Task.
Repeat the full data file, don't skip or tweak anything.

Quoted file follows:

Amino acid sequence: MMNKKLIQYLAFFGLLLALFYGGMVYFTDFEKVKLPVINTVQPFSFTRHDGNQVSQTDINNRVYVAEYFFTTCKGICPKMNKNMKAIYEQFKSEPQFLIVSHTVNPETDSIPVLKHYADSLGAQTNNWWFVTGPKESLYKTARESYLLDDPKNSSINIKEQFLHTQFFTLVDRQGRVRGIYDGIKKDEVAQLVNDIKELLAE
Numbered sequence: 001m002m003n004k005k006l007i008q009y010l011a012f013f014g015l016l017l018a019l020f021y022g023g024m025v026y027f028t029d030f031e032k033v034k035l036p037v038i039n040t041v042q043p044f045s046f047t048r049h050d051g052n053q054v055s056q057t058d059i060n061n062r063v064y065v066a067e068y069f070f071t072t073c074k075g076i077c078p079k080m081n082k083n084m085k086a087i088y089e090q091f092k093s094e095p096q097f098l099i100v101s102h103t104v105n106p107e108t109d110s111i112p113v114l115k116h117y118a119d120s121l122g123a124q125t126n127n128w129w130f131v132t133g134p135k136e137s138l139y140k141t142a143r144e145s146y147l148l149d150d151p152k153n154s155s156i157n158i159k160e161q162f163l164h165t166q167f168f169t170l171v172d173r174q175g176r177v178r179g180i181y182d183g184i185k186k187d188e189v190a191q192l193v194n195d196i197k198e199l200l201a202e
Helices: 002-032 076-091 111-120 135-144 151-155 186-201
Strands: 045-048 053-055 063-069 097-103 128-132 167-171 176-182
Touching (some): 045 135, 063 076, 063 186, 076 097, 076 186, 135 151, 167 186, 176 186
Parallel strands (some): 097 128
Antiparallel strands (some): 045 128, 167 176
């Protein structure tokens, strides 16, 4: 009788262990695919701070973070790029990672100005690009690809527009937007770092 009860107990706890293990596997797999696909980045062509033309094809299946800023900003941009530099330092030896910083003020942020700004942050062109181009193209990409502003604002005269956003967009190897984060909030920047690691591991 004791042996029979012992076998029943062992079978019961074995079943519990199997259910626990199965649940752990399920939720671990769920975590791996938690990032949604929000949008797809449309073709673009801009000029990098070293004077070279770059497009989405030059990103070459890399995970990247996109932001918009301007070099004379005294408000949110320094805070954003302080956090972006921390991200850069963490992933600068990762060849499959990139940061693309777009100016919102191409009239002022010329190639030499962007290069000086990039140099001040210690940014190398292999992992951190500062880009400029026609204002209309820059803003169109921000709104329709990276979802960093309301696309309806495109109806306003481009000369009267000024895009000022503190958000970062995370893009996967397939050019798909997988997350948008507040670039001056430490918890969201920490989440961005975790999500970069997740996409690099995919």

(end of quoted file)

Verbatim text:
Amino acid sequence: MMNKKLIQYLAFFGLLLALFYGGMVYFTDFEKVKLPVINTVQPFSFTRHDGNQVSQTDINNRVYVAEYFFTTCKGICPKMNKNMKAIYEQFKSEPQFLIVSHTVNPETDSIPVLKHYADSLGAQTNNWWFVTGPKESLYKTARESYLLDDPKNSSINIKEQFLHTQFFTLVDRQGRVRGIYDGIKKDEVAQLVNDIKELLAE
Numbered sequence: 001m002m003n004k005k006l007i008q009y010l011a012f013f014g015l016l017l018a019l020f021y022g023g024m025v026y027f028t029d030f031e032k033v034k035l036p037v038i039n040t041v042q043p044f045s046f047t048r049h050d051g052n053q054v055s056q057t058d059i060n061n062r063v064y065v066a067e068y069f070f071t072t073c074k075g076i077c078p079k080m081n082k083n084m085k086a087i088y089e090q091f092k093s094e095p096q097f098l099i100v101s102h103t104v105n106p107e108t109d110s111i112p113v114l115k116h117y118a119d120s121l122g123a124q125t126n127n128w129w130f131v132t133g134p135k136e137s138l139y140k141t142a143r144e145s146y147l148l149d150d151p152k153n154s155s156i157n158i159k160e161q162f163l164h165t166q167f168f169t170l171v172d173r174q175g176r177v178r179g180i181y182d183g184i185k186k187d188e189v190a191q192l193v194n195d196i197k198e199l200l201a202e
Helices: 002-032 076-091 111-120 135-144 151-155 186-201
Strands: 045-048 053-055 063-069 097-103 128-132 167-171 176-182
Touching (some): 045 135, 063 076, 063 186, 076 097, 076 186, 135 151, 167 186, 176 186
Parallel strands (some): 097 128
Antiparallel strands (some): 045 128, 167 176
């Protein structure tokens, strides 16, 4: 009788262990695919701070973070790029990672100005690009690809527009937007770092 009860107990706890293990596997797999696909980045062509033309094809299946800023900003941009530099330092030896910083003020942020700004942050062109181009193209990409502003604002005269956003967009190897984060909030920047690691591991 004791042996029979012992076998029943062992079978019961074995079943519990199997259910626990199965649940752990399920939720671990769920975590791996938690990032949604929000949008797809449309073709673009801009000029990098070293004077070279770059497009989405030059990103070459890399995970990247996109932001918009301007070099004379005294408000949110320094805070954003302080956090972006921390991200850069963490992933600068990762060849499959990139940061693309777009100016919102191409009239002022010329190639030499962007290069000086990039140099001040210690940014190398292999992992951190500062880009400029026609204002209309820059803003169109921000709104329709990276979802960093309301696309309806495109109806306003481009000369009267000024895009000022503190958000970062995370893009996967397939050019798909997988997350948008507040670039001056430490918890969201920490989440961005975790999500970069997740996409690099995919």